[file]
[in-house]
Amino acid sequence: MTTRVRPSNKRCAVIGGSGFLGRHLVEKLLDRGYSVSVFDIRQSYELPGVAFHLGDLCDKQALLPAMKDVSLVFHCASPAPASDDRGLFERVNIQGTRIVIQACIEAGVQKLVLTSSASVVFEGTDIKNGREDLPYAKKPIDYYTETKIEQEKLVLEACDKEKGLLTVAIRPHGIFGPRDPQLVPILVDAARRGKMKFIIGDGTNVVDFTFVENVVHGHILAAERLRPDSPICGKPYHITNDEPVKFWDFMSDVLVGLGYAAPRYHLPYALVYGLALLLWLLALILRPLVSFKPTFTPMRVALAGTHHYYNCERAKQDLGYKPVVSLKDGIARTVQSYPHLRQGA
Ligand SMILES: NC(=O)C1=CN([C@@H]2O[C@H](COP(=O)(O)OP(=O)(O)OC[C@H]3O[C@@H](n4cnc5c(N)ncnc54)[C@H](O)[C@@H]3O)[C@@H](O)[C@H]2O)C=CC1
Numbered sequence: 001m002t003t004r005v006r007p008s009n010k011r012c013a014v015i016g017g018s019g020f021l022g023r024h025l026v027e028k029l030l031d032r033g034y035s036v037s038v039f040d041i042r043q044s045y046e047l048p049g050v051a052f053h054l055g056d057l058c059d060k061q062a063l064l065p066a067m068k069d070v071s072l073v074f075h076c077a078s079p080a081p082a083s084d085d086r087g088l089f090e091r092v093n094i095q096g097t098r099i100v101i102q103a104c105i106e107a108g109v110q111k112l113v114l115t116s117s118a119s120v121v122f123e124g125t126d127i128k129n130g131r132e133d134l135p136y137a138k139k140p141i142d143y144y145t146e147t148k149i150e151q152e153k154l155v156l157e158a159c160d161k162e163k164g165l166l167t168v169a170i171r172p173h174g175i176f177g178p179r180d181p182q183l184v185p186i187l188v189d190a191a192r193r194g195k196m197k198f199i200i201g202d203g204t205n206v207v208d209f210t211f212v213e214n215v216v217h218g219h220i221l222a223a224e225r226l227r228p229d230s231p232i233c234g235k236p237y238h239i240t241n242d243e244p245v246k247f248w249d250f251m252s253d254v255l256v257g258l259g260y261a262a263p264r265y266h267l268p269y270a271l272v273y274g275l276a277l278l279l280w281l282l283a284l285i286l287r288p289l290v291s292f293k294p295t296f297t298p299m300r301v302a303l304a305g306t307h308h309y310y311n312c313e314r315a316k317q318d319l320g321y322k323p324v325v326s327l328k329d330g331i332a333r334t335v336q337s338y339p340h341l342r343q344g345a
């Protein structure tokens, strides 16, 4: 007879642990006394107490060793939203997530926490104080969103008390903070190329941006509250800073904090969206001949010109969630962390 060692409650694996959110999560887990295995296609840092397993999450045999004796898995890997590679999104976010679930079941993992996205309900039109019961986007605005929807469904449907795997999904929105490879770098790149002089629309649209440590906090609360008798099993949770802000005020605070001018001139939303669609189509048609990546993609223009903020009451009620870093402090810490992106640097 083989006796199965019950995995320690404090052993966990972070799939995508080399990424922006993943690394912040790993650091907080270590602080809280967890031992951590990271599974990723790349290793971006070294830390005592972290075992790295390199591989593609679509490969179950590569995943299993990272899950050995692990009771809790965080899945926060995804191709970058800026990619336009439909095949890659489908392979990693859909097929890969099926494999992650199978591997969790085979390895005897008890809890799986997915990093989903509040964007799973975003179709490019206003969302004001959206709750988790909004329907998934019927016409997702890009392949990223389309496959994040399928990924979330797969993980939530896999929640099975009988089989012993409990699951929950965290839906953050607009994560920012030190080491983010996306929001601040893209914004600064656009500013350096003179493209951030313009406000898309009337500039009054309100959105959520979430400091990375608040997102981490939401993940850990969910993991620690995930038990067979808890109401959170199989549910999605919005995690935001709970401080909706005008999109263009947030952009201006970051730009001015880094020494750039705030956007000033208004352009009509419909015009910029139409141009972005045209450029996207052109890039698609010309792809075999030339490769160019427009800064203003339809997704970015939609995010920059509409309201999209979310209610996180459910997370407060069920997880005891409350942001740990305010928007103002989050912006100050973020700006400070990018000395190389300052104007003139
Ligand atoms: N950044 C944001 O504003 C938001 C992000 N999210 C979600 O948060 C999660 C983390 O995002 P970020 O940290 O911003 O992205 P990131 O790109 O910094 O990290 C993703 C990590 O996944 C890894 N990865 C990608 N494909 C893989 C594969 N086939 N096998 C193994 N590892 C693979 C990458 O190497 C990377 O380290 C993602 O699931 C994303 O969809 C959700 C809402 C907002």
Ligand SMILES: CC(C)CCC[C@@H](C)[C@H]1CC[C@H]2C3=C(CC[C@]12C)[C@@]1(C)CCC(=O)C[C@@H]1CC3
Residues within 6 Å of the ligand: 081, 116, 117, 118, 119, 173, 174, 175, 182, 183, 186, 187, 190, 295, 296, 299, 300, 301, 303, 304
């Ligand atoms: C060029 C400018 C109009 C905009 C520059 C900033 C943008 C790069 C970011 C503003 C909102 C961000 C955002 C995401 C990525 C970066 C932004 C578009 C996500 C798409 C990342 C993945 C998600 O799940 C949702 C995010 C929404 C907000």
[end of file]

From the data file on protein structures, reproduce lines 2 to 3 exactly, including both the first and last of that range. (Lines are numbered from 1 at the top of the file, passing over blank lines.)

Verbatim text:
Amino acid sequence: MTTRVRPSNKRCAVIGGSGFLGRHLVEKLLDRGYSVSVFDIRQSYELPGVAFHLGDLCDKQALLPAMKDVSLVFHCASPAPASDDRGLFERVNIQGTRIVIQACIEAGVQKLVLTSSASVVFEGTDIKNGREDLPYAKKPIDYYTETKIEQEKLVLEACDKEKGLLTVAIRPHGIFGPRDPQLVPILVDAARRGKMKFIIGDGTNVVDFTFVENVVHGHILAAERLRPDSPICGKPYHITNDEPVKFWDFMSDVLVGLGYAAPRYHLPYALVYGLALLLWLLALILRPLVSFKPTFTPMRVALAGTHHYYNCERAKQDLGYKPVVSLKDGIARTVQSYPHLRQGA
Ligand SMILES: NC(=O)C1=CN([C@@H]2O[C@H](COP(=O)(O)OP(=O)(O)OC[C@H]3O[C@@H](n4cnc5c(N)ncnc54)[C@H](O)[C@@H]3O)[C@@H](O)[C@H]2O)C=CC1